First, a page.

When the phone call came in the middle of the afternoon, I felt no cause for alarm. Until the caller identified herself, that is. Then my heart free-fell into that dark and foreboding place reserved for calls that come in the middle of the night. I wanted to hang up before she said anything else. But, there was a sliver of hope.
I’d spent many hours the previous few days working on words and photos related to my up-coming fiftieth high school class reunion, Maybe Barbara was calling to say she’d read the story on my blog. Maybe she was calling to tell me she’d be at the reunion and was looking forward to seeing me again. Maybe she was re-connecting because we hadn’t had an opportunity to talk in many, many decades. Maybe she wasn’t calling about her older sister Alexis, the one who had been much on my mind the past couple weeks.
I tried to stall, to keep Barbara’s words from being spoken and thus lading them with truth, but she had a message to deliver and it didn’t have anything to do with the reunion. Her sister, my high school pal and long-time friend, had died the day before from complications after surgery.
It was exactly like Yogi Berra’s much-quoted malapropism: It was déjà vu all over again. A couple weeks before another high school classmate e-mailed to tell me that his ex, my good friend Sharon, had died. Sharon and I had been in sporadic touch by e-mail, nothing like our closeness in high school, but comforting, nonetheless.
But Alexis? Oh, my. Alexis and I had bonds of Super Glue.
Jim was the older brother I never had. I had a younger brother named Jim also, but Jim N. should have been my older brother. He acted like I always thought one would.
Alexis loved him. So did I. But rather than two teenaged girls figuratively clawing each other’s eyes out for the love of Jim N., we became best friends. I loved him as an older brother and a good friend. For his part, he was my protector. When we skated on the frozen pond behind my house, younger brother Jim liked to slip up behind me and slap me on the butt with his rubber skate guards.
Jim N. would chase down the miscreant and dump him in a snow bank. Many times he intercepted attacks until little Jim finally quit the forays when Big Jim was skating with us.
Big Jim was two grades ahead of me in high school. After he got his driver’s license, he became the proud owner of a sturdy dark green Willys utility vehicle. This was a no nonsense vehicle, something like a Jeep on steroids, made for tough conditions. Rather than rear seats, there were benches along either side, and that meant we could pile in a bunch of our friends. No one had even heard of seat belts back then.
For a couple years before Jim graduated Anchorage High and went north to the
Alexis was very, very intelligent and Jim was the perfect foil for her. When Alexis was incisive, Jim was kind and congenial. When Alexis was prodding, Jim was diplomatic. When the circumstances were appropriate, Jim carefully dissected all her arguments. Alexis never quit trying, and though we all ran around as a group, they eventually paired off in an informal relationship. She even tried to teach an embarrassed, shy Jim to dance.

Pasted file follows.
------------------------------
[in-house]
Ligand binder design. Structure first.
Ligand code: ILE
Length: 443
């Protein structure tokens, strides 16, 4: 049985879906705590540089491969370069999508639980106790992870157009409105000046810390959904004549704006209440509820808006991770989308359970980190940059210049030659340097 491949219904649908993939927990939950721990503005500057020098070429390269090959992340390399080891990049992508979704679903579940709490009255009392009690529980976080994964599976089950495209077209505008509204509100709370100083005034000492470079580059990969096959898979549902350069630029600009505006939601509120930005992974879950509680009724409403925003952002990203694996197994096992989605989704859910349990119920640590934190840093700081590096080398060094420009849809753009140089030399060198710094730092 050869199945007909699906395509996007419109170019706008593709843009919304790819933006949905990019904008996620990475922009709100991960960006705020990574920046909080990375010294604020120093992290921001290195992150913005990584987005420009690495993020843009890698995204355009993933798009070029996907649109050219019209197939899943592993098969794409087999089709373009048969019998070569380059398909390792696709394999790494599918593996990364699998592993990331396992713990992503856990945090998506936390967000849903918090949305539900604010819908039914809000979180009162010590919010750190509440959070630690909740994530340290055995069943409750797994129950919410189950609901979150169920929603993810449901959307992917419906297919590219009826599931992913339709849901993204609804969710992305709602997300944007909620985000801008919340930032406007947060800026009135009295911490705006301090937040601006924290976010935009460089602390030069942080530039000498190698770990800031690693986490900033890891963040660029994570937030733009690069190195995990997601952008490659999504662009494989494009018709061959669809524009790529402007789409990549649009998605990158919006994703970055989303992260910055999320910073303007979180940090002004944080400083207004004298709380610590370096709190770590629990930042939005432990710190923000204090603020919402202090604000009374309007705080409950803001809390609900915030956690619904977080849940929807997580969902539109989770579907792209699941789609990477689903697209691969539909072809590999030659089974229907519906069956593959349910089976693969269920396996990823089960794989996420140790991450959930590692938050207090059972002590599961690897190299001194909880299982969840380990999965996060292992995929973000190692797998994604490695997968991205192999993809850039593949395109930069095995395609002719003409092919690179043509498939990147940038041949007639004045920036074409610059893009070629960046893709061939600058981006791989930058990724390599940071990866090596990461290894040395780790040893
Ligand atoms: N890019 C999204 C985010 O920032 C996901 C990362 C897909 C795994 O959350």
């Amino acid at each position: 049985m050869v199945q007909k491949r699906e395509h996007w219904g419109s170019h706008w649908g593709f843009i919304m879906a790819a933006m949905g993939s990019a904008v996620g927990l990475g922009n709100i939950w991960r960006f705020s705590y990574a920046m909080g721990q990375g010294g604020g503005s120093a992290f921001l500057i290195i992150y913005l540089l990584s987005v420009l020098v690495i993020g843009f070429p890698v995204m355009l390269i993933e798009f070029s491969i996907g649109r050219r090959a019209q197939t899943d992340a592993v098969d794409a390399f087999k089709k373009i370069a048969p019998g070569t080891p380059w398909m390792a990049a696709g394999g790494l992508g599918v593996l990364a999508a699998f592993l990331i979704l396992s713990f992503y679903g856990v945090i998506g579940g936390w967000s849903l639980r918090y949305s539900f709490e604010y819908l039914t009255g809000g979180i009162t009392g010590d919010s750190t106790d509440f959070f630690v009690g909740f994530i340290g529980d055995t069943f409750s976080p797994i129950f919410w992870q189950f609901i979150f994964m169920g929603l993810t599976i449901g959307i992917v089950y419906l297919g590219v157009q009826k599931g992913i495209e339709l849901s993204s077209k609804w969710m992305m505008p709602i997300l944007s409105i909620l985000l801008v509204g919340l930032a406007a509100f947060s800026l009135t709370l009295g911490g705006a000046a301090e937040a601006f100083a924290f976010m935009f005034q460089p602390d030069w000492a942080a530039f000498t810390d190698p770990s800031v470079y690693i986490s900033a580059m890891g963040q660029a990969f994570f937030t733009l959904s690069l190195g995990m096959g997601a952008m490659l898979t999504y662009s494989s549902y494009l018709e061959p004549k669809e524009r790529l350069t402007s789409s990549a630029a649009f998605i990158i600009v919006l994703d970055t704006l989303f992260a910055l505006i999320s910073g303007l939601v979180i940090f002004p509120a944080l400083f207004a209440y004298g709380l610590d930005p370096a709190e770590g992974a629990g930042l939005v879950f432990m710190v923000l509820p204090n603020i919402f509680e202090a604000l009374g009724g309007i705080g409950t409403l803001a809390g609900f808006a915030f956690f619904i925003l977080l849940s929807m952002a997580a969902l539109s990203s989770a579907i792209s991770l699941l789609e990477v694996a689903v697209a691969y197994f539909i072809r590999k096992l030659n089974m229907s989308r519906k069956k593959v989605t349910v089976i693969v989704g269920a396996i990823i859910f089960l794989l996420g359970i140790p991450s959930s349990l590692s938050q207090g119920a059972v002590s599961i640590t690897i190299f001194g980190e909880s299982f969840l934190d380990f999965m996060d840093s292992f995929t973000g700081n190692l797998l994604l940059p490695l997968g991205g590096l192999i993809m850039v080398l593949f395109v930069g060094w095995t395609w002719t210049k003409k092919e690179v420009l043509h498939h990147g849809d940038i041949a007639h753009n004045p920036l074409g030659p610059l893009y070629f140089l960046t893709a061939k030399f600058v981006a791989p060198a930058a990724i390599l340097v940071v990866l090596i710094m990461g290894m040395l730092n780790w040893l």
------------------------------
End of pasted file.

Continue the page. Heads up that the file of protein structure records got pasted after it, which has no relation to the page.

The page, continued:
Another with me and my "big brother" on another train trip.
Jim graduated in 1958, Alexis in 1959. She went off to
The summer of 1961 rolled on. I covered at least three murder trials and a plethora of lesser crimes. One beautiful summer day in late August, I returned from the courts to the newsroom prepared to pound out the day’s court news on the ancient Underwood typewriter that sat on my desk. Stuck in the typewriter carriage was a note from my editor, and a short wire service teletype. The note read: Do you know this guy?
I read the teletype. I read it several times, trying by force of will to change the words I was reading. Jim, the promising young man who should have been my older brother, was killed in a car accident while driving from
I plopped down in my chair. My school yearbook for 1958 was lying open on my desk, an empty spot on one page where my editor had sliced Jim’s photograph from the page. The police reporter was working on the story. It was the headline for that day’s edition of the paper. He used my yearbook for information on the many honors Jim had earned while in high school.
A few days later, I looked up to see Jim’s mother standing at the half rail that divided the newsroom from the public access area. Huge dark circles under eyes told me the depths of her grief. I went over to talk with her, and tears spilled down her face. I listened to her for a long time as she fought a losing battle to speak coherently, fighting back my own inclination to cry with her. I wanted to put my arms around her, share her grief, but knew I’d lose control if I did. I could feel my editor’s eyes on my back at I stood at the rail for almost a half hour.
Eventually I heard Alexis was back in town, working as a legal secretary. With the encouragement of several in the legal community, she went to law school, came back to
A few years ago, I reconnected with Alexis, and as they say about true friends, we picked up right where we’d left off though it had been decades since we’d seen each other. I went to visit her at her home in south
I am sure she had a fulfilling life with her husband, and he doted on her. She was thrilled when her daughter graduated law school and began to prep for the bar exams, and hoped her son would soon follow. Along with her sister Barbara, I know they are grieving and will continue to do so for a long time to come.
When I replaced the phone in the cradle after talking with Barbara, I reminisced about our teen years, hanging around together, sharing laughs and cherry Cokes. And Jim. I thought a lot about Jim, and first loves, and how some are lost too soon.
Now Alexis is on a new journey and I wonder if maybe, just maybe, she’ll run into that handsome, promising young man who should have been, and was, my older brother.